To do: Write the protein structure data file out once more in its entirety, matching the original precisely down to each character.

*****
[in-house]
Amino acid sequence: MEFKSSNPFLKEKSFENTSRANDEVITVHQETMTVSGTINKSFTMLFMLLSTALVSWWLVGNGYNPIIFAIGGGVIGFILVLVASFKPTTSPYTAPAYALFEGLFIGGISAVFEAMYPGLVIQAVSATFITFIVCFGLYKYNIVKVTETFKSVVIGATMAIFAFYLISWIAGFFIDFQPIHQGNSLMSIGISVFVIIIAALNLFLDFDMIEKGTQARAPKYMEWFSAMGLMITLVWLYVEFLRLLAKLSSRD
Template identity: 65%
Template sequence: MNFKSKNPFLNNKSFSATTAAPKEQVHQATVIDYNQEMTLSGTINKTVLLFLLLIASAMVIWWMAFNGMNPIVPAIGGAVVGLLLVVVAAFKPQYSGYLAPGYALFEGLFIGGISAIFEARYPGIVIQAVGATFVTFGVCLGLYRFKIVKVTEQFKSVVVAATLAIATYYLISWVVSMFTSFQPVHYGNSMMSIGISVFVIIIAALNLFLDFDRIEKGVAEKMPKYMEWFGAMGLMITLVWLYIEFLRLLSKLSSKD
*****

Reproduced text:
[in-house]
Amino acid sequence: MEFKSSNPFLKEKSFENTSRANDEVITVHQETMTVSGTINKSFTMLFMLLSTALVSWWLVGNGYNPIIFAIGGGVIGFILVLVASFKPTTSPYTAPAYALFEGLFIGGISAVFEAMYPGLVIQAVSATFITFIVCFGLYKYNIVKVTETFKSVVIGATMAIFAFYLISWIAGFFIDFQPIHQGNSLMSIGISVFVIIIAALNLFLDFDMIEKGTQARAPKYMEWFSAMGLMITLVWLYVEFLRLLAKLSSRD
Template identity: 65%
Template sequence: MNFKSKNPFLNNKSFSATTAAPKEQVHQATVIDYNQEMTLSGTINKTVLLFLLLIASAMVIWWMAFNGMNPIVPAIGGAVVGLLLVVVAAFKPQYSGYLAPGYALFEGLFIGGISAIFEARYPGIVIQAVGATFVTFGVCLGLYRFKIVKVTEQFKSVVVAATLAIATYYLISWVVSMFTSFQPVHYGNSMMSIGISVFVIIIAALNLFLDFDRIEKGVAEKMPKYMEWFGAMGLMITLVWLYIEFLRLLSKLSSKD